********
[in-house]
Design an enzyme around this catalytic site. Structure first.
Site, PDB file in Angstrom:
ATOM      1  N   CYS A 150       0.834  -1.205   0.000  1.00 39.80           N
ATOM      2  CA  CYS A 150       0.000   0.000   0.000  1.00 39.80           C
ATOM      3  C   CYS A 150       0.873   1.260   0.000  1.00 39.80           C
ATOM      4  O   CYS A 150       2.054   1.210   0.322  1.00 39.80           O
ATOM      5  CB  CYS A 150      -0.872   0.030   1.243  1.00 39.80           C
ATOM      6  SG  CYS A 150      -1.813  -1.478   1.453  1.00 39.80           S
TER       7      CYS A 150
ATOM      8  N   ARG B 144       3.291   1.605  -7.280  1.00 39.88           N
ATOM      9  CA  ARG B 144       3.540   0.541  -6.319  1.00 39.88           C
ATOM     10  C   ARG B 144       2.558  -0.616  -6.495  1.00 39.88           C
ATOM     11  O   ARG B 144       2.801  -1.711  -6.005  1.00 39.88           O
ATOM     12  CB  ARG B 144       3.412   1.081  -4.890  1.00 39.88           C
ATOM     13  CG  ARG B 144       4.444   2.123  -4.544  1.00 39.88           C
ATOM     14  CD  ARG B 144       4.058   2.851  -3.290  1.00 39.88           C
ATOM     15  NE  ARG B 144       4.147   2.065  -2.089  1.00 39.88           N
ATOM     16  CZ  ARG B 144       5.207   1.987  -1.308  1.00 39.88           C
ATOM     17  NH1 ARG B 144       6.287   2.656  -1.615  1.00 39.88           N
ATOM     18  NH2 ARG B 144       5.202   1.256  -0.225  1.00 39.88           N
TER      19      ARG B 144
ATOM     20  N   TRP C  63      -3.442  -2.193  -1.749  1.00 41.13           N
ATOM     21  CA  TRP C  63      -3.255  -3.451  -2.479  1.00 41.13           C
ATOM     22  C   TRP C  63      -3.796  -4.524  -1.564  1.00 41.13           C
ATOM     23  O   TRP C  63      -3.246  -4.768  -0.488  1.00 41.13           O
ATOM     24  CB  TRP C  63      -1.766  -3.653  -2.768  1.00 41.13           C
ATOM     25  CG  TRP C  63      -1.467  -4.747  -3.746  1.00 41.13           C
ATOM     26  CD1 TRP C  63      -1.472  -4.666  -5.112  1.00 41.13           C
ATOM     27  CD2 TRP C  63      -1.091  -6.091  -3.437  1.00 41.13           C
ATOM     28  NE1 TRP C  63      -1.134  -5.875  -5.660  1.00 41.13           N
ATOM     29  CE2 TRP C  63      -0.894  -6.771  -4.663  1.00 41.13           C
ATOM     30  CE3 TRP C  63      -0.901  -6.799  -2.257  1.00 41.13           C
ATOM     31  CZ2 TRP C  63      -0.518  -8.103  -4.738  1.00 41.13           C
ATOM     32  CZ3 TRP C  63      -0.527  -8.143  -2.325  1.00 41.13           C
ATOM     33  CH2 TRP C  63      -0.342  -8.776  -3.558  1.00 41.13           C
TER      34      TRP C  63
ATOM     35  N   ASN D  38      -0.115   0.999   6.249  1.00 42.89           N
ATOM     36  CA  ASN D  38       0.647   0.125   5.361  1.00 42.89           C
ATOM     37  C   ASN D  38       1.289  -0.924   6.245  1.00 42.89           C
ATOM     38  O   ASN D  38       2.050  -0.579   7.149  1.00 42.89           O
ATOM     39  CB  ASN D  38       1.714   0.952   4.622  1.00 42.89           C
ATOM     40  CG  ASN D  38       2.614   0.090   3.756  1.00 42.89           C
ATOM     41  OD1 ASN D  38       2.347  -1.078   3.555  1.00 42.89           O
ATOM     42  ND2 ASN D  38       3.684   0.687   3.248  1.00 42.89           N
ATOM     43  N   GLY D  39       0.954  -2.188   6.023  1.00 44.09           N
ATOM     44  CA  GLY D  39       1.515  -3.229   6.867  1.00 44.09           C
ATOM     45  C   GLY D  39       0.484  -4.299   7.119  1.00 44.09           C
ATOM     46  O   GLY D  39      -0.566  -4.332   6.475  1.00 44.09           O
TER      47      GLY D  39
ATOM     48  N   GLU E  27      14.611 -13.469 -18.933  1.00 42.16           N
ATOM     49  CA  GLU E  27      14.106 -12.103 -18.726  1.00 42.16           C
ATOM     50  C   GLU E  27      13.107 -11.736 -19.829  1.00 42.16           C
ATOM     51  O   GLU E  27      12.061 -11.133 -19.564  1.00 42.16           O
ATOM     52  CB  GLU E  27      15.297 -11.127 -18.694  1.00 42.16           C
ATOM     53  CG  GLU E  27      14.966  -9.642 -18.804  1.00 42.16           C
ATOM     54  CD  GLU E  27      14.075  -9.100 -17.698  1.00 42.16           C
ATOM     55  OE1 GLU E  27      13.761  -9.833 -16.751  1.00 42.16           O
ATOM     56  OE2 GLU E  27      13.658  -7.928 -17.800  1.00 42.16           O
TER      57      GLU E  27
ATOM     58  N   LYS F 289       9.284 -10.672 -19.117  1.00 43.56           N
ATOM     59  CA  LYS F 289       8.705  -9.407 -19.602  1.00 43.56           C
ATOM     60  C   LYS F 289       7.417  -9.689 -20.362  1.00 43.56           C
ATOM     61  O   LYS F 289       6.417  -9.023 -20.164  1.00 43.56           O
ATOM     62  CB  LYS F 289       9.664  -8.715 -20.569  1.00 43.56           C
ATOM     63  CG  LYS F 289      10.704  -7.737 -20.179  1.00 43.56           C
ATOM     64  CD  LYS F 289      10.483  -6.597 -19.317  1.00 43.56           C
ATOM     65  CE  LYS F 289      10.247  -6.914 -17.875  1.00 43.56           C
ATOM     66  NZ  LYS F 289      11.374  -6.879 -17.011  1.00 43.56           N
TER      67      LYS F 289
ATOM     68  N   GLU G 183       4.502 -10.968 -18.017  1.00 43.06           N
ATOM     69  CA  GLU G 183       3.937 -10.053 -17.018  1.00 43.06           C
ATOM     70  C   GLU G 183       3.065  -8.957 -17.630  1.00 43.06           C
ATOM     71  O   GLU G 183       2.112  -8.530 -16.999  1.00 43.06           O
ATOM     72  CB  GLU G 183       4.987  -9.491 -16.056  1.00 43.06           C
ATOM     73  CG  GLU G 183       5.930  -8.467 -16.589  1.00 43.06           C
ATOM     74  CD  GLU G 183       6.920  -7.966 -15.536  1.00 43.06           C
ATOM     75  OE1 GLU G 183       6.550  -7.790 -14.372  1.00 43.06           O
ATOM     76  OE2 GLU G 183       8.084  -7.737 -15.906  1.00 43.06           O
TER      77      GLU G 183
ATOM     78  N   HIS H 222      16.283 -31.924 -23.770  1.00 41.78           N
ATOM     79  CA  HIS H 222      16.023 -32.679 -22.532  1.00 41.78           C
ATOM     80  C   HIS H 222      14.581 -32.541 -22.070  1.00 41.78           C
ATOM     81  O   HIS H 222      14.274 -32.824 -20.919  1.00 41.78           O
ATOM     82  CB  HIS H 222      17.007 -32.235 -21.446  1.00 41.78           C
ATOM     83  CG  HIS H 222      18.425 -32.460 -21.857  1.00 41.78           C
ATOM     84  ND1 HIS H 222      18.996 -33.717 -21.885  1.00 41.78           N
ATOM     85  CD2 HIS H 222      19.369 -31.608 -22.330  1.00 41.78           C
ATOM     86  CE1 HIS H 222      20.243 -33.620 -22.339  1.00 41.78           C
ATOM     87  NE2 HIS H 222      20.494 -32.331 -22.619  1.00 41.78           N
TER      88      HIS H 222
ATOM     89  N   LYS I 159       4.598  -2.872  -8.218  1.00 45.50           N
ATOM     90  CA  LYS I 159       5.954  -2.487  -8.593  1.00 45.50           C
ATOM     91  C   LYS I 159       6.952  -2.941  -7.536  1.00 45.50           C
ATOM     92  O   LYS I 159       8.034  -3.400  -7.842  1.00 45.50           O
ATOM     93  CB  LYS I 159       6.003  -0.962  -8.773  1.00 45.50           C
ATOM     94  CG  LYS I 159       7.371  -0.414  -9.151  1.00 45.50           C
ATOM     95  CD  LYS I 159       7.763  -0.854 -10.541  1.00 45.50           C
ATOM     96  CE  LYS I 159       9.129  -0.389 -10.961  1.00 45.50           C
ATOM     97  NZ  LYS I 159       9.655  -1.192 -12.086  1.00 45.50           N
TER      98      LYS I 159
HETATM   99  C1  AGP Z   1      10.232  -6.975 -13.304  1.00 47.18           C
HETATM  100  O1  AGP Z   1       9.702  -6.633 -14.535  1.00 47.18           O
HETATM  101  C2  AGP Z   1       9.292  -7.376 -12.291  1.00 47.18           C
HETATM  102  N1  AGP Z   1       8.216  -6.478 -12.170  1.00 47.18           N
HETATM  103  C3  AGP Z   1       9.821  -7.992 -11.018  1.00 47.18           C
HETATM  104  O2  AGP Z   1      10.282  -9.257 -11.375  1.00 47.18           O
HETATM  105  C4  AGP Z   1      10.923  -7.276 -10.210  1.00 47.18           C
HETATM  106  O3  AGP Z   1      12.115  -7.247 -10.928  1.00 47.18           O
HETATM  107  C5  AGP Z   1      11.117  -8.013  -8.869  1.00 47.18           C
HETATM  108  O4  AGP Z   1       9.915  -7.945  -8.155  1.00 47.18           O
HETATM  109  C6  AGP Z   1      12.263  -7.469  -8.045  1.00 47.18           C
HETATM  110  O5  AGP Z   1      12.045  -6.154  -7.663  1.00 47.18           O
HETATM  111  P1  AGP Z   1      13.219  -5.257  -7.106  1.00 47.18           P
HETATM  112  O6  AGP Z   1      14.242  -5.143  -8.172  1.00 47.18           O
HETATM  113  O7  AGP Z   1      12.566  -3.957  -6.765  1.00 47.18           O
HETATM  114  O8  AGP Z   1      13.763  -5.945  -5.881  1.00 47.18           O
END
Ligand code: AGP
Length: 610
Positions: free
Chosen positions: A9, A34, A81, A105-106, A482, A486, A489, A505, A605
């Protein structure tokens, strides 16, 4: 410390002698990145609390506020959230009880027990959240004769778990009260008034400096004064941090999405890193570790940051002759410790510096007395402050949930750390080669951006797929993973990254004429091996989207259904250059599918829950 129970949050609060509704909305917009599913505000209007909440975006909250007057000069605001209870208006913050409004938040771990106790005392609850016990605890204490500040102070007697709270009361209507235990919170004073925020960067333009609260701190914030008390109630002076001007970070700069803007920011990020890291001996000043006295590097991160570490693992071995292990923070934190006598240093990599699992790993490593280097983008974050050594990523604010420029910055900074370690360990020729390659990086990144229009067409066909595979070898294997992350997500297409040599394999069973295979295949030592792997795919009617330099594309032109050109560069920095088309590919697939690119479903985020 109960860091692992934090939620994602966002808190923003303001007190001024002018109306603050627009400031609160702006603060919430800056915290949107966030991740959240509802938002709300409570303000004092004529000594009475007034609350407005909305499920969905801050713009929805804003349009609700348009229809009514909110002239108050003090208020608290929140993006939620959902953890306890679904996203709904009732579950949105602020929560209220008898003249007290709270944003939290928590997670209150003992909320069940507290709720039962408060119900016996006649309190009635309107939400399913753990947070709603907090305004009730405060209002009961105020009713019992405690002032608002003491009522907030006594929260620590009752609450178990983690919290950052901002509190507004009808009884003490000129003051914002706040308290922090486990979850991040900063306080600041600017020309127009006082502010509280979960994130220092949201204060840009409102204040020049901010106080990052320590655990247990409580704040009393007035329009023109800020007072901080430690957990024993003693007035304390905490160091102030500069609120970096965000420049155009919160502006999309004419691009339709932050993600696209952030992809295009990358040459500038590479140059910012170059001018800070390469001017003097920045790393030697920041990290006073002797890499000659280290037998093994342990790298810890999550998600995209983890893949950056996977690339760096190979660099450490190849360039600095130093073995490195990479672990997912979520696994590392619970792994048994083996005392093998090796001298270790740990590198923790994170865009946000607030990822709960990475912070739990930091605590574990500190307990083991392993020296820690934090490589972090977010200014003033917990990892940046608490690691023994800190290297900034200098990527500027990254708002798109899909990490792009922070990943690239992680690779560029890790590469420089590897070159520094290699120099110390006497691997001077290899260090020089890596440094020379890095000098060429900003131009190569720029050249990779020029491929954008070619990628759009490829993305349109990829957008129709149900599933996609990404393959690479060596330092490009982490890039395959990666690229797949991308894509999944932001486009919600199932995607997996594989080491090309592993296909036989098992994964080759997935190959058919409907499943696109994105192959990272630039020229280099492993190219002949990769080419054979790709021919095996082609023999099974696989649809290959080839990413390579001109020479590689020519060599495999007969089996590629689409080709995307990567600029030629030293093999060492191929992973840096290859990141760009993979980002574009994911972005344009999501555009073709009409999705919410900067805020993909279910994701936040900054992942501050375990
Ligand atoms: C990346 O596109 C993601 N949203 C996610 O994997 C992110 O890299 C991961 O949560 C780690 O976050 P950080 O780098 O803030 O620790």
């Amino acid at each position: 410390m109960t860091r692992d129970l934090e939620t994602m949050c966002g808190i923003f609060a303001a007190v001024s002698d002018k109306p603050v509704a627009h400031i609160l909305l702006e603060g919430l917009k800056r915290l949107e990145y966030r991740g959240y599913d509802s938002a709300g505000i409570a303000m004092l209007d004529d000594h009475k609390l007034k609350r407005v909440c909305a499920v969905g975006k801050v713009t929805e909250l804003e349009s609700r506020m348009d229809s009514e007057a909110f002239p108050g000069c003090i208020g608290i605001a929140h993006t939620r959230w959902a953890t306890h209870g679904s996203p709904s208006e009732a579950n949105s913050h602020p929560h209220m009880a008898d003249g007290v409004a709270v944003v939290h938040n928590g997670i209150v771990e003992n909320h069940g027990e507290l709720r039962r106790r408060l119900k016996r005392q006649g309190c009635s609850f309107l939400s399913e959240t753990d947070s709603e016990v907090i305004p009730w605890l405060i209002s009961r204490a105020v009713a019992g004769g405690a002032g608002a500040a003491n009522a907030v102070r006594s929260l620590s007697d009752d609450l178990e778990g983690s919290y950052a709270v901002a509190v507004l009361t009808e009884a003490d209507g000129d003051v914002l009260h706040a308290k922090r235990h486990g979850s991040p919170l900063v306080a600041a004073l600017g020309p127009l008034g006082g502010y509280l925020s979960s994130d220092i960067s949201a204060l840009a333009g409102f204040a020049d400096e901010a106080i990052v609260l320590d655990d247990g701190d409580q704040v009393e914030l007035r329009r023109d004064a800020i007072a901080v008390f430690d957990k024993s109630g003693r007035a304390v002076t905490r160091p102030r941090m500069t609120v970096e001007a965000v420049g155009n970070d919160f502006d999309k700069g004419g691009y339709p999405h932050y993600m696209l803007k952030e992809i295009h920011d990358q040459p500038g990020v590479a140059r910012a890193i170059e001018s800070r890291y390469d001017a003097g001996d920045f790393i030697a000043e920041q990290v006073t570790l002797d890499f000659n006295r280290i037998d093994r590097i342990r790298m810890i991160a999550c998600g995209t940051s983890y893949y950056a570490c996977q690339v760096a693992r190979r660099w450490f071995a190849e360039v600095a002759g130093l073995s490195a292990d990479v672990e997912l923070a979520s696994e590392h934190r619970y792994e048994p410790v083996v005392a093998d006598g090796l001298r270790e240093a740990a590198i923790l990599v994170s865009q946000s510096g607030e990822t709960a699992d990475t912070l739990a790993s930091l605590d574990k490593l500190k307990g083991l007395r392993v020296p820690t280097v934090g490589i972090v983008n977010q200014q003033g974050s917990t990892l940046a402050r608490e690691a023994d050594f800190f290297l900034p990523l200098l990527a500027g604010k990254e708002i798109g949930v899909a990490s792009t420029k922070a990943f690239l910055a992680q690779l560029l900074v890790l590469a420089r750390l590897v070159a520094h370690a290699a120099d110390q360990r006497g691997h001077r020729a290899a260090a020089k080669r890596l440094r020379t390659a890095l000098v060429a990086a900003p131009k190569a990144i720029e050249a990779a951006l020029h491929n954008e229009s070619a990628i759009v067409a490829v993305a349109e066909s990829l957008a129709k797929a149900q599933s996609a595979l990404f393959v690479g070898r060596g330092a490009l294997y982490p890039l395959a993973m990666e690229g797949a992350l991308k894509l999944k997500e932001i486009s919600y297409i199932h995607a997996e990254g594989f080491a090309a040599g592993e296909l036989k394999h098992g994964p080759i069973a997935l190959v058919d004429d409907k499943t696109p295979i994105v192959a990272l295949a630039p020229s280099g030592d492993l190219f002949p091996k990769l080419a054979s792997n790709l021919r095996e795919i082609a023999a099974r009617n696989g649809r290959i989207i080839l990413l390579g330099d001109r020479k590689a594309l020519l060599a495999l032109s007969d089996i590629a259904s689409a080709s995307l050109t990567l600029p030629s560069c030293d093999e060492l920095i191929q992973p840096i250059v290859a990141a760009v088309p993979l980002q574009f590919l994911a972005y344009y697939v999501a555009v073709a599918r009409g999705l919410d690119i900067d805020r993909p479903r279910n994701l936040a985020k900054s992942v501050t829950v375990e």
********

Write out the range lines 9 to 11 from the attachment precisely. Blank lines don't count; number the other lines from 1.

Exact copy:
ATOM      6  SG  CYS A 150      -1.813  -1.478   1.453  1.00 39.80           S
TER       7      CYS A 150
ATOM      8  N   ARG B 144       3.291   1.605  -7.280  1.00 39.88           N